Will: I did all the filmmaking and some of the animation and so forth, especially the technical animation. Bob was a master at doing these facial things. We actually tried and wanted to get a lot of detail into the expressions. We actually went out and got from a local hobby store a full size skull that we built an enormous armature for and shoulders and covered it in clay and used prosthetic eyeballs that we got from the eye bank. They were spooky, with the skeleton with these eyeballs. We had it in the basement of my house and we would go down there and thought my God, it was like he was looking at us. It was very bizarre. We found that we really could use that for a great deal for extreme close-ups and get great shots. Having said that, leaping forward it was an enormous amount of clay material. We went just using fingers to sculpt, we were using tools wrenching on things, pounding on things. It was hard to try to get this mass of clay to mover around. We actually found later on working in a smaller scale and having it not be full sized. There's no question really because all this massive clay it has finger prints all over the thing, and there's something wonderful about it. With Bob's sculpting he couldn't really do something refined like a beautiful woman, his thing was this sort of craggy thing. This weathered wino character was sort of perfect.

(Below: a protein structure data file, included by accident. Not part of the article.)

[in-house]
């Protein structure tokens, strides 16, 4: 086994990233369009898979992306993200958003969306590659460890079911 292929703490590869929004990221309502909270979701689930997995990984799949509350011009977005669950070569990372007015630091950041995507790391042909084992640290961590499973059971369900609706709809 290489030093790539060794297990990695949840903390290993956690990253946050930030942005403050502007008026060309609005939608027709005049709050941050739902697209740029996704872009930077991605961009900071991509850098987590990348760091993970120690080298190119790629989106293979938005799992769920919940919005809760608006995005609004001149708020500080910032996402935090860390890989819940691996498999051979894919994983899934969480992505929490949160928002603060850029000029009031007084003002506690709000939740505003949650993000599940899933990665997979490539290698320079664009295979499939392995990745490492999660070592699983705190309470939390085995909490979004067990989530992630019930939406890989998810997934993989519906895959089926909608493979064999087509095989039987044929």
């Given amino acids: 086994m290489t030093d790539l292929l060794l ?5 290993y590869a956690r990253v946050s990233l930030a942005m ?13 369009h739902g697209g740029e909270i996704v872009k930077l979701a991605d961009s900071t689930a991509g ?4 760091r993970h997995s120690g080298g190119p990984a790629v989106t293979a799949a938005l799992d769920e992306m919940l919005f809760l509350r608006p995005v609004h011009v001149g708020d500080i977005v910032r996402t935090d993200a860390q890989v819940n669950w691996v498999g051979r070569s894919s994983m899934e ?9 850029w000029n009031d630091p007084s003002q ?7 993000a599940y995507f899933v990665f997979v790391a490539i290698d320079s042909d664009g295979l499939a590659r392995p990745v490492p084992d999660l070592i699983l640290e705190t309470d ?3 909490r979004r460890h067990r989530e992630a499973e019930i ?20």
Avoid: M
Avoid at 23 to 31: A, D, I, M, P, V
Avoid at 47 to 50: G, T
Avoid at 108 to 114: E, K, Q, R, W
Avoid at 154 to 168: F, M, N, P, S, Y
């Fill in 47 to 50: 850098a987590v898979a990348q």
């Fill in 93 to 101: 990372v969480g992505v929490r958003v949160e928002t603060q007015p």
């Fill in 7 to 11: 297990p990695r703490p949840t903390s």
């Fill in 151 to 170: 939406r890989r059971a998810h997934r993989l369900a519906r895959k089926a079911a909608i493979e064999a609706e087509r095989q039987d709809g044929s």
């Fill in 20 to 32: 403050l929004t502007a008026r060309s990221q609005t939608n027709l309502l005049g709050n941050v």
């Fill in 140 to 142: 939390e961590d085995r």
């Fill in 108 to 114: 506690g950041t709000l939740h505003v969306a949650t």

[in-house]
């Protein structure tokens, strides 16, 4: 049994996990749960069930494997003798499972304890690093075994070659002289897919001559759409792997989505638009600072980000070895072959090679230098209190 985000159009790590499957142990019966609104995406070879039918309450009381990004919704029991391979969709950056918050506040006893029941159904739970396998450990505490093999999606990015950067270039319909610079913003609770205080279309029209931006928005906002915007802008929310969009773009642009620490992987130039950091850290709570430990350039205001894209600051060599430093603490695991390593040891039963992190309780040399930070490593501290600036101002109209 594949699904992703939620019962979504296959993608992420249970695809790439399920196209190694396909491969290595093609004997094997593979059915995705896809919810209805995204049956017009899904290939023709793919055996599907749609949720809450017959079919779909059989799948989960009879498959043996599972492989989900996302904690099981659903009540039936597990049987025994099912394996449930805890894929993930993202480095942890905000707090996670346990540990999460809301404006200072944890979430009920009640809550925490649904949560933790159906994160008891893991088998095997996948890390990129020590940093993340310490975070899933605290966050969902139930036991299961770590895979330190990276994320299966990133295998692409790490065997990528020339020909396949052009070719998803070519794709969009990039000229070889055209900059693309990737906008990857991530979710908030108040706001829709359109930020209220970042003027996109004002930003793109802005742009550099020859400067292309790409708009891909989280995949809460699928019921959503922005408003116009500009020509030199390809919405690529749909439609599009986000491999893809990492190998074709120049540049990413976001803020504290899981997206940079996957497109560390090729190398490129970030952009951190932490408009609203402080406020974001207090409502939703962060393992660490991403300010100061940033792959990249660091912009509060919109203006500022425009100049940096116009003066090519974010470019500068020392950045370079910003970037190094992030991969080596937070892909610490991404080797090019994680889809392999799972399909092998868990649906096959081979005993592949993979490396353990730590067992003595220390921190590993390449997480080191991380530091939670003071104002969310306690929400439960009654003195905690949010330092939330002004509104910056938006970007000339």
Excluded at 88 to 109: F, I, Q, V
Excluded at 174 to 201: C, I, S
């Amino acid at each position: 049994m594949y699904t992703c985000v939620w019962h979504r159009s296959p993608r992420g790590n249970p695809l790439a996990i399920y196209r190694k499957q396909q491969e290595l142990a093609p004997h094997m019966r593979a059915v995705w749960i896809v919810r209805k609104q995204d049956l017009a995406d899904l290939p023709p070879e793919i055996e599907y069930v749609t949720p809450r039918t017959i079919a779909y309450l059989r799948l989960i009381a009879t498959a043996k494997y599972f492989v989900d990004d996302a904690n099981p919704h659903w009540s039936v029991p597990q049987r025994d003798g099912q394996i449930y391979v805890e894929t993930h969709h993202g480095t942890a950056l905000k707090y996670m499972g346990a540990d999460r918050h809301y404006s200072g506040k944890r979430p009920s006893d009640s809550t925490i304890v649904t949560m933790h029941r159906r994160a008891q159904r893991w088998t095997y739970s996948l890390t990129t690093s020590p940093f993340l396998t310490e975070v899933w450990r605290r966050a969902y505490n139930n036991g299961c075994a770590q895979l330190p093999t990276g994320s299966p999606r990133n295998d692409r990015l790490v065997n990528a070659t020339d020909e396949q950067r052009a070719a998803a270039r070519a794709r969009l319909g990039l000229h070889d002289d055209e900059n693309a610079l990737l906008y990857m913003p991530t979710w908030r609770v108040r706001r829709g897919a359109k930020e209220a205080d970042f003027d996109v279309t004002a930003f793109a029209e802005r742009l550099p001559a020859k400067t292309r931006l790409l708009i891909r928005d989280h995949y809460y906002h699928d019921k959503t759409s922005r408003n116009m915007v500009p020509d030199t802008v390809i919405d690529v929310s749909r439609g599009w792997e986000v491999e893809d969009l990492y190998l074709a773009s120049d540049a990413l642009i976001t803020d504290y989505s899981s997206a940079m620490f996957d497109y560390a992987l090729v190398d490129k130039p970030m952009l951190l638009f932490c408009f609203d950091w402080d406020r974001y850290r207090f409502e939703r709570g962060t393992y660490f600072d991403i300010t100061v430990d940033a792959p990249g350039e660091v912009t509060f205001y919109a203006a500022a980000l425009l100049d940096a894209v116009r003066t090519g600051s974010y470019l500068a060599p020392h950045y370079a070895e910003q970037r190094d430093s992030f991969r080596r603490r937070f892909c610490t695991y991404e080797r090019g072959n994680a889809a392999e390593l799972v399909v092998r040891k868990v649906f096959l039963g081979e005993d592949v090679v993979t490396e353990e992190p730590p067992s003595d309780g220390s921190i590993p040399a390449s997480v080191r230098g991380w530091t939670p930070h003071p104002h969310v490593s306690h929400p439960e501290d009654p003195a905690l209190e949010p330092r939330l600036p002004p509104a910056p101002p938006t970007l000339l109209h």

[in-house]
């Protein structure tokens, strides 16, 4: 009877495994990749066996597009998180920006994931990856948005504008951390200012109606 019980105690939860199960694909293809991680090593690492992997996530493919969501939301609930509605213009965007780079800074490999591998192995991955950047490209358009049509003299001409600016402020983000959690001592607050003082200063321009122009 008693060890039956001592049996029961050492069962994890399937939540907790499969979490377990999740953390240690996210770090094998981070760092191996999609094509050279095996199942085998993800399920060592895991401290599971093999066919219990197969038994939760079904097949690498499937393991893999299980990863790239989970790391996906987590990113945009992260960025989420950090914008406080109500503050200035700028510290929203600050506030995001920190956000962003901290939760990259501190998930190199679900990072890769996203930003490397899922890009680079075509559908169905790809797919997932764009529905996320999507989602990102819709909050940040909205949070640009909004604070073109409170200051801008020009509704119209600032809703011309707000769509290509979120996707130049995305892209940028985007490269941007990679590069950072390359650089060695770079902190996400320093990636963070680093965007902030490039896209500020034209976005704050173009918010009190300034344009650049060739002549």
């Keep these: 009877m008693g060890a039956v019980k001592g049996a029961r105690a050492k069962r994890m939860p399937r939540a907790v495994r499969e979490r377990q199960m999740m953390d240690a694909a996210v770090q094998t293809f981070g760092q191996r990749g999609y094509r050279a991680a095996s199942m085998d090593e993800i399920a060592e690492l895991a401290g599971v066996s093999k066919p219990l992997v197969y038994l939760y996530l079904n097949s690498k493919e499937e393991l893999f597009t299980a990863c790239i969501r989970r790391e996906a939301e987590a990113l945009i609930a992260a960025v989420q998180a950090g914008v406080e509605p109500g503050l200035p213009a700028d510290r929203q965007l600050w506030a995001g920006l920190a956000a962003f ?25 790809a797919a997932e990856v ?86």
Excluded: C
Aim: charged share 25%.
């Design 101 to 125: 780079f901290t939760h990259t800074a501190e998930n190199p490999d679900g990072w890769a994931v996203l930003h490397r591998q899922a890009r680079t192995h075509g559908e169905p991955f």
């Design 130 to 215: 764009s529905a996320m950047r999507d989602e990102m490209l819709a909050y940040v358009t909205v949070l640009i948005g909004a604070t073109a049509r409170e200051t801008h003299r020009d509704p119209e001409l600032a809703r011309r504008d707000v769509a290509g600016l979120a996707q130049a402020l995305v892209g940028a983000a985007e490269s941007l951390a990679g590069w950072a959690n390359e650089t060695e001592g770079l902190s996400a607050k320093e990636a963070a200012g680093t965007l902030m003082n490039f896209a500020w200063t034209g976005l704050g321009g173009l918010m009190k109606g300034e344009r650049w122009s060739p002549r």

Me: Is there anything you avoided to do in all your films?

Will: Mixing mediums. That was one of the reasons I gravitated to all clay on everything. When you take the movie like Adventures of Mark Twain, 12 years later, everything was done in clay. The idea was there was no materials, where you see a weave that isn't sculpted.

Me: Closed Monday won an Academy award, sir. That must of been cool, right?